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My relative has cancer, should I worry? Encouraging cascade genetic testing

Online outreach and low-cost testing can encourage relatives of cancer patients to assess their own cancer risk through 'cascade' testing.

When a loved one has cancer, many of us turn to thoughts of comfort and help. (I'm Scandinavian by background, so I immediately warm up my formidable arsenal of casserole recipes.) But when the loved one is also a close relative, we also wonder whether there's a genetic link that could affect others in the family, including ourselves.

Fortunately, most cases of cancer are sporadic, meaning there's no obvious genetic cause. But some do arise as the result of specific, heritable changes in key genes. In those cases, a carrier's first-degree relative has about a 50 percent chance of harboring the same mutation.

Allison Kurian, MD, a Stanford breast and gynecologic cancer specialist, and Jennifer Caswell-Jin, MD, an instructor of medicine, together with researchers at the Bay Area company Color, which provides genetic testing, recently explored ways to encourage the first-degree relatives of people carrying cancer-associated mutations to be tested themselves.

Their finding? Online outreach coupled with low-cost testing reaches more people than traditional efforts.

They reported their research this week in the Journal of the National Cancer Institute.

From our release:

Increasingly, newly diagnosed cancer patients are turning to genetic testing in a quest to understand why they’ve developed the disease. The discovery of a disease-associated mutation can help drive treatment decisions and provide clues as to the cancer’s origin. But there’s another important, often overlooked, benefit: The test results can help a patient’s healthy first-degree relatives assess their own genetic risk for cancer...

However, this kind of cascade testing, in which a positive result in a cancer patient triggers waves of genetic testing among the patient’s relatives, remains relatively rare — in part because physicians are often prohibited from directly contacting a patient’s relatives, and people reeling from their own recent diagnosis may not immediately consider the health implications for their loved ones. Testing can also be expensive and is not always covered by insurance.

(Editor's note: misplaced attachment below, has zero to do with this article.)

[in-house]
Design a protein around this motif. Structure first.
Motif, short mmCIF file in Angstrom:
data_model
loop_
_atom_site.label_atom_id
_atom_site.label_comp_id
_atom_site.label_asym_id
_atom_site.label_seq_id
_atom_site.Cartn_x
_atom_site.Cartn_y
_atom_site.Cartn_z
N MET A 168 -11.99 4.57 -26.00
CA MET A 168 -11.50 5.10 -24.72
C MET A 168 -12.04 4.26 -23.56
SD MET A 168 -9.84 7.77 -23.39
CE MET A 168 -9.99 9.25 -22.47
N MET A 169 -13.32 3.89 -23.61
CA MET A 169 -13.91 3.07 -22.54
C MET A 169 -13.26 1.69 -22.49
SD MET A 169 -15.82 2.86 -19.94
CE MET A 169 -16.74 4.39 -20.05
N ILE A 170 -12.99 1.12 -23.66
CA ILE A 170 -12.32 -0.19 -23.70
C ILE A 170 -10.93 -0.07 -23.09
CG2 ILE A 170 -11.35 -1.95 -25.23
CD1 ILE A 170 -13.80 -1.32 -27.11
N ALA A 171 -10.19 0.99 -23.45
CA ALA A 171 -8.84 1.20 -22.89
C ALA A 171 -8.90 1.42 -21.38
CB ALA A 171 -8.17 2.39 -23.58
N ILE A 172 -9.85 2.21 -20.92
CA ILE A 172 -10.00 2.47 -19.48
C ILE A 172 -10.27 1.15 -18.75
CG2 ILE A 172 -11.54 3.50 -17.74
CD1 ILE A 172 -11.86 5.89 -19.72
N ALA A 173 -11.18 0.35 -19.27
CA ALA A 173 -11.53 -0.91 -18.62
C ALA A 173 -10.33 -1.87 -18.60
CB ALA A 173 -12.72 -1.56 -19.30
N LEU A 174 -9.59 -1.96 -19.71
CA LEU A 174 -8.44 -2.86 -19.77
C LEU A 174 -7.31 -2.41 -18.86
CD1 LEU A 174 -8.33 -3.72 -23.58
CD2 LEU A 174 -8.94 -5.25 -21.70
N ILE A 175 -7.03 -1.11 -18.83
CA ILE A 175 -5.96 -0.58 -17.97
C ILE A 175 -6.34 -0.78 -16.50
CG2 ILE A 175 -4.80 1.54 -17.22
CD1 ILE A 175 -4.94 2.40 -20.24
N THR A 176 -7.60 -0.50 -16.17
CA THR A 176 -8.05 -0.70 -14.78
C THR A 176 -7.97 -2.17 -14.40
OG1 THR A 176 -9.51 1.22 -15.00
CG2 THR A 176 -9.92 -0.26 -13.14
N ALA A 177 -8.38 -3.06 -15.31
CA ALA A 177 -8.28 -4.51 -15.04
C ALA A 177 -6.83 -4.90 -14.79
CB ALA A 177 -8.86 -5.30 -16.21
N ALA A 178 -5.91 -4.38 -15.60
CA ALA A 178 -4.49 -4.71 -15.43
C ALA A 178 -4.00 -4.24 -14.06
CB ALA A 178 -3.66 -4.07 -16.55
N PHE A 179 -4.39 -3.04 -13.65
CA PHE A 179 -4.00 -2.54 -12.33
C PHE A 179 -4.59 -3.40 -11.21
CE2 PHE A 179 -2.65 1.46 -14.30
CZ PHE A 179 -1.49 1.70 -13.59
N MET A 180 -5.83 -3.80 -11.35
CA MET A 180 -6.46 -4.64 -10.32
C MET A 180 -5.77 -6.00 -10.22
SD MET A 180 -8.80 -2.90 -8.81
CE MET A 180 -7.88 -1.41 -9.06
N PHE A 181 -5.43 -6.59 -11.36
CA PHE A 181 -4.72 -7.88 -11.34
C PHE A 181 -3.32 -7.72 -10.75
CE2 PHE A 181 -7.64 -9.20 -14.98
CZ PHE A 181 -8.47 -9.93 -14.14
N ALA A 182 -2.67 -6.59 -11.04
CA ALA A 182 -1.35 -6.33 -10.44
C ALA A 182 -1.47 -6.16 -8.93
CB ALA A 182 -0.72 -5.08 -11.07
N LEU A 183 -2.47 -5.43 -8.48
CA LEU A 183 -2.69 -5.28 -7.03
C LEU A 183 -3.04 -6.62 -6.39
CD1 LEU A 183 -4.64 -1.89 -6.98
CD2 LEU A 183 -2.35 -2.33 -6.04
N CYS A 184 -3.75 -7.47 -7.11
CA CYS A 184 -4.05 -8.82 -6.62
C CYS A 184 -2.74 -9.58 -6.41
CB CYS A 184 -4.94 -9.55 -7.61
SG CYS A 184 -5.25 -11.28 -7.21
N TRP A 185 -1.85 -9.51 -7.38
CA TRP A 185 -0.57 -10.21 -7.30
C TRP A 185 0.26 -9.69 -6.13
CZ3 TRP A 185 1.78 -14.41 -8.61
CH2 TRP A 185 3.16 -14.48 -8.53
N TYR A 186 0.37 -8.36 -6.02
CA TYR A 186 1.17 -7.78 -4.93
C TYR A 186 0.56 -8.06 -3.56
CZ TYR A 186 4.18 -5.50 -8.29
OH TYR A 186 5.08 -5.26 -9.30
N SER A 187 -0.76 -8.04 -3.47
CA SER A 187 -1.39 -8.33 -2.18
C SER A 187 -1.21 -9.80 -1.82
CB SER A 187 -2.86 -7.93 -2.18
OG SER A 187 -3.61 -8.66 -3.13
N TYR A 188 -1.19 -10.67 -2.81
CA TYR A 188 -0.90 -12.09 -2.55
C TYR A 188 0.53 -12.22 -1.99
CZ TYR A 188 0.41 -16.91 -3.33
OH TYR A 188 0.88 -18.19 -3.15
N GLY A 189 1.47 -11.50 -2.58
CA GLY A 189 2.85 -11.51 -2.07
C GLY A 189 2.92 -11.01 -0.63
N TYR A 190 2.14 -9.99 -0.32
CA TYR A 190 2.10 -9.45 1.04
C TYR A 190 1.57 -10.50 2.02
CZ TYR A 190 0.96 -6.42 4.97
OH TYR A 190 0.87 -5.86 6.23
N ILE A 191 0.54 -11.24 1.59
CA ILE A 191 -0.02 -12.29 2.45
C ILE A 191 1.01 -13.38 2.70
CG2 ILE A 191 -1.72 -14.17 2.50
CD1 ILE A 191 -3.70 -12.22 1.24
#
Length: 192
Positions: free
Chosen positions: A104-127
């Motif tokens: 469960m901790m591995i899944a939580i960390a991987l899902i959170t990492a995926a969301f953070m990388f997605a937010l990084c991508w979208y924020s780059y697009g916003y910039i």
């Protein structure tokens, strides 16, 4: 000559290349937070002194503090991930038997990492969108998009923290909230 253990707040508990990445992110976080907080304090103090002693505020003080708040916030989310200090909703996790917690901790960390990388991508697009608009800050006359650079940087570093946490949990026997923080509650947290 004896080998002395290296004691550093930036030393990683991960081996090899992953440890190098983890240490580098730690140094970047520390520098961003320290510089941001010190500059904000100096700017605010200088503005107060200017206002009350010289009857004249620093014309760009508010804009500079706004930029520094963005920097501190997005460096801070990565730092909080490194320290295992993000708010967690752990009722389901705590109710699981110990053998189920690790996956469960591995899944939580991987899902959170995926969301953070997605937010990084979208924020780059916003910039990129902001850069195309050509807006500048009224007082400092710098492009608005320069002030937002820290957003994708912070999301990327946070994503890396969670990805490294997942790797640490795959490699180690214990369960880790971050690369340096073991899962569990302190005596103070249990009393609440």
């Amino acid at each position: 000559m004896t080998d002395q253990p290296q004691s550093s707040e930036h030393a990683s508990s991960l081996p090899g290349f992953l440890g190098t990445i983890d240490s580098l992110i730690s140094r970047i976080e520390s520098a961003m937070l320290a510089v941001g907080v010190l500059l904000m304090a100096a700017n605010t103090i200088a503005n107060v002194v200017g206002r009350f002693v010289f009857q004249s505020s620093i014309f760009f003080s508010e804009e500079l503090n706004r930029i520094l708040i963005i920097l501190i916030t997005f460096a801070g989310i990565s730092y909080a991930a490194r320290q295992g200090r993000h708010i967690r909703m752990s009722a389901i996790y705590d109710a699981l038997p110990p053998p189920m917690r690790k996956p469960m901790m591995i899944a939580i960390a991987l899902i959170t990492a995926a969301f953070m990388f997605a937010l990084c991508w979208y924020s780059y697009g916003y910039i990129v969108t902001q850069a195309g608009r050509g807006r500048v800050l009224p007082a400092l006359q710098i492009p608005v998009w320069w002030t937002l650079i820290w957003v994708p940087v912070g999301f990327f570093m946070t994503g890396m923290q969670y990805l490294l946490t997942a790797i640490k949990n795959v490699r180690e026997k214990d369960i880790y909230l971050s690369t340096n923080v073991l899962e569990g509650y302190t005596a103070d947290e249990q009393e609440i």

The researchers enrolled nearly 1,000 people who either carried any one of 30 known cancer-associated mutations or who were first-degree (think mother, father, siblings and children) relatives of the carrier. Participants were encouraged to invite additional first-degree relatives to undergo genetic testing for an out-of-pocket cost of $50, about one-tenth the normal cost. Those who themselves tested positive could then invite additional first-degree relatives to participate in the program.

Identifying healthy people who carry a cancer-associated mutation could confer a significant public health benefit.

As I explained in our release:

Although not everyone with a cancer-associated mutation will go on to develop the disease, the knowledge that one is a carrier can help people and their doctors make informed health care decisions while they are still healthy. For example, women with BRCA1 or BRCA2 mutations who have a vastly increased risk of developing breast or ovarian cancers may choose to undergo prophylactic mastectomies or have their ovaries removed. Other types of mutations, such as those that increase one’s risk of colon cancer, may indicate the need for increased or more frequent screening.

The possibilities are exciting, Caswell-Jin said. "We expect the proportion of people undergoing genetic testing for disease-associated mutations will continue to increase. We need to make sure they get the support they need to understand their results, and to encourage additional support and follow-up."

Photo by Goultard

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